JBSA Ft. Sam Houston, Texas –
Humanitarian assistance and disaster relief operations are often engineer-intensive. In such cases, U.S. Army South and its partners in the Western Hemisphere may opt to provide extensive military engineer support to civilian authorities. It is critical to establish theater security cooperation in the area of military engineering to enable this assistance.
As part of army-to-army staff talks agreements with the Brazilian Army, the Army South Engineer Directorate facilitated a key leader engagement at Fort Belvoir, Va. on Nov. 18, promoting technical interoperability between the two armies. Gen. Julio Cesar de Arruda, Brazilian head of the Department of Engineering and Construction, served as the lead of the Brazilian Army delegation.
Hosted by Lt. Gen. Scott Spellmon, commanding general of the U.S. Army Corps of Engineers (USACE), the engagement included senior military and government officials from PEO Combat Support and Combat Service Support, the New York National Guard (Brazil’s State Partner), U.S. Army Reserve, and U.S. Army South.
The event coordinator Maj. Dexter Buchanan, Army South engineer country planner, said “that USACE and ARSOUTH will collaborate with partners to provide assistance through specially trained teams who rapidly respond to floods, hurricanes, earthquakes, or other disasters, whenever DOD is tasked to assist in disaster response within the region.” The military side of engineering includes keeping traffic routes open, which may include float-bridge assets.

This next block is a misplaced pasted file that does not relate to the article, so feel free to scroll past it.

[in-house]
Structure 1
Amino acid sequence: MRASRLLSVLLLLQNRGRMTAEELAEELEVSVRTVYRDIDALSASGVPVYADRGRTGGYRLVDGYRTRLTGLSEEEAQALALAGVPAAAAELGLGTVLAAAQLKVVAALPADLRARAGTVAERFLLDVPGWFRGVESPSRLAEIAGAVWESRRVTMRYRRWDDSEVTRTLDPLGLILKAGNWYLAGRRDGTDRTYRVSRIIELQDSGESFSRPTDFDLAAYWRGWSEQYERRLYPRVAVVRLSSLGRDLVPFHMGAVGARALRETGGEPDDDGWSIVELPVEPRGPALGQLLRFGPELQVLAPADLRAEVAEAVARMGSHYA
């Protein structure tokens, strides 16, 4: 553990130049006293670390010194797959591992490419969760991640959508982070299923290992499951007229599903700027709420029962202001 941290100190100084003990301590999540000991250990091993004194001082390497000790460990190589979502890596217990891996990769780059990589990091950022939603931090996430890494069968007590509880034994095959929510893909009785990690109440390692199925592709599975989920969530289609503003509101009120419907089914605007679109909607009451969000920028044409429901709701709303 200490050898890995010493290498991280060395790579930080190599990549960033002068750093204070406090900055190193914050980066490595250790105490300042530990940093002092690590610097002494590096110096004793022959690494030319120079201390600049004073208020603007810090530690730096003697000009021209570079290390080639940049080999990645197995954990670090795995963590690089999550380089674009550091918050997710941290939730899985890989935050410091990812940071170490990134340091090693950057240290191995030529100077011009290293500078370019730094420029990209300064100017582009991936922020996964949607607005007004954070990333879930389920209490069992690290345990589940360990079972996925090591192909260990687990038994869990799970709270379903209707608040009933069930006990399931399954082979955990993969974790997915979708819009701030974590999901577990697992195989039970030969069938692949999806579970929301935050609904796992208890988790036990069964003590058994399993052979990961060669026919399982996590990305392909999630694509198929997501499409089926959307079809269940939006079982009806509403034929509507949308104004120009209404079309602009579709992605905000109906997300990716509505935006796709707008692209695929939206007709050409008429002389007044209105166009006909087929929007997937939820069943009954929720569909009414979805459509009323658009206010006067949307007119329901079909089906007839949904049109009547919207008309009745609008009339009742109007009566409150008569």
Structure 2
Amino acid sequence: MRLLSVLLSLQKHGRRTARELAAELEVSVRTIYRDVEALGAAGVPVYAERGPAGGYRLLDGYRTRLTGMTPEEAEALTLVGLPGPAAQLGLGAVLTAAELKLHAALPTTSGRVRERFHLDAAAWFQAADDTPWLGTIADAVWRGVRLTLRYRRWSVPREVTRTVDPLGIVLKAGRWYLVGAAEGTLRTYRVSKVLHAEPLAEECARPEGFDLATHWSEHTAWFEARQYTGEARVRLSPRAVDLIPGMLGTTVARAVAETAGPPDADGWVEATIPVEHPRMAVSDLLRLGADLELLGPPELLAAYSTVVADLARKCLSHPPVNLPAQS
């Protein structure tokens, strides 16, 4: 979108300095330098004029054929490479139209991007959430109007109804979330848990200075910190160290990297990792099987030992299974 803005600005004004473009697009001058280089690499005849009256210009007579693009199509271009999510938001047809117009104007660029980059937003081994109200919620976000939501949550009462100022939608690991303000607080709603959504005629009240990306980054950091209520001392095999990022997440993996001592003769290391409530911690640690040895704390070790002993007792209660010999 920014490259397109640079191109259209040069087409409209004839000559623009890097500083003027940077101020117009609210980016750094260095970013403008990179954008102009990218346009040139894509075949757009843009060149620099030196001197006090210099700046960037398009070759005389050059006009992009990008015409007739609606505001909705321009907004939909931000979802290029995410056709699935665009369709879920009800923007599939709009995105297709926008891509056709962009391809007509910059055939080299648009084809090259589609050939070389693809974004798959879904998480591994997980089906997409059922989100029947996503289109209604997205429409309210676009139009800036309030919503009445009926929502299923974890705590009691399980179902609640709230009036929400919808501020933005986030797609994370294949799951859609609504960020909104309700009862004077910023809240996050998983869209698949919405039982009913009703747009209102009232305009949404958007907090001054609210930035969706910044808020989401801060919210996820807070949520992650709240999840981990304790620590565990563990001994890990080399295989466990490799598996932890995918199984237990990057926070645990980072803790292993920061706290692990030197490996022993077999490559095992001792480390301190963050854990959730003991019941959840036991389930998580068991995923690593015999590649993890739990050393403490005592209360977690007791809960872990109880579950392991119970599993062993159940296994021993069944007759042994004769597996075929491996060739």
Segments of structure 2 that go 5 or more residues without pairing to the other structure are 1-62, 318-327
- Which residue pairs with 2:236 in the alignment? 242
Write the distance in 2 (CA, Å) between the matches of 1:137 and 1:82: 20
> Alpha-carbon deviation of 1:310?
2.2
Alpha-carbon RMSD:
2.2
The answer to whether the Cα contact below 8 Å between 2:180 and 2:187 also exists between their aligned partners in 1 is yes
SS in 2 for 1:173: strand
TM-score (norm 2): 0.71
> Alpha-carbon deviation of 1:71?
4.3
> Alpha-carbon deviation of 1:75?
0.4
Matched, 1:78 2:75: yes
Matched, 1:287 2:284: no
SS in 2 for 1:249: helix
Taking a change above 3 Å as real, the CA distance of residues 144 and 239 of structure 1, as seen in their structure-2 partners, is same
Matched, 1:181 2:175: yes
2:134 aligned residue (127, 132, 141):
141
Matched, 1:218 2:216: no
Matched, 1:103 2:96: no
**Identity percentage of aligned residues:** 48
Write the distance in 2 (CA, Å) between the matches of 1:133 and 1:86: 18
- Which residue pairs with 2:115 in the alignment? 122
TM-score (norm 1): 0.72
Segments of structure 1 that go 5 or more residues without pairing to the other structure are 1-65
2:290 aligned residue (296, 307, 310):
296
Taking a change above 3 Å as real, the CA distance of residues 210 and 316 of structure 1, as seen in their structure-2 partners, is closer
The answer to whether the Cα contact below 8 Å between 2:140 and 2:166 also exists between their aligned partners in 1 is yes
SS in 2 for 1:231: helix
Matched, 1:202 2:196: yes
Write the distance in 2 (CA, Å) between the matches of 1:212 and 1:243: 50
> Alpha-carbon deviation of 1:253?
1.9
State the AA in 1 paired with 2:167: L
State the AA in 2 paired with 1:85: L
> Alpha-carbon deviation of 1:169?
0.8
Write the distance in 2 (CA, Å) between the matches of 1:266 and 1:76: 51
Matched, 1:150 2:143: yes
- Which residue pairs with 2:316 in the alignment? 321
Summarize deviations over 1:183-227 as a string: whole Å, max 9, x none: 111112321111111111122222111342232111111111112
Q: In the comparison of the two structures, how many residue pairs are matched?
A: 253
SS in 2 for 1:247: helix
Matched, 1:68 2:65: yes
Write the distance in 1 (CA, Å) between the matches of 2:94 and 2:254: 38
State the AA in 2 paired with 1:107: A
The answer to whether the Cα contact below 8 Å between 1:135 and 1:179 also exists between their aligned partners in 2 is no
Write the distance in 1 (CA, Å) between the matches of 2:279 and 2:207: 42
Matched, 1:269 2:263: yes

The major highlight of the engagement saw the 299th Multi-Role Bridge Company (Army Reserve) transport, assemble and operate ribbon rafts as a float bridge during a river-crossing operation.
“Reserve capabilities to construct temporary bridges opens roadways for emergency and medical traffic as well as other transportation assets supporting points of distribution for food, water, and medical supplie,” said Maj. Scott Sparrow, from Army South’s Army Reserve Engagement Cell.
Earlier this year rivers in the Brazilian Amazon region rose to near-record levels after heavy rains, flooding small towns while forcing Brazil’s military to conduct rescue and supply operations in those areas. The demonstration reinforced the importance of having the right engineer capabilities to support evacuation of seriously ill or injured patients to locations where hospital care or outpatient services are available.
“We have learned a lot through this visit,” Arruda said. “It was very productive and very important for the Brazilian Army.”
In the end, Army South engineers recognized the event as a model for multi-lateral cooperation that leads to engineered solutions for our shared risk from disasters. Col. Frank Hopkins, Army South engineer director, summarized the engagement as another commitment between the U.S. and Brazilian engineers.
“Together we achieve more,” Hopkins said. “We are winning together; we expect to remain great partners for both technical and tactical engineering endeavors with the Brazilian Army well into the future.”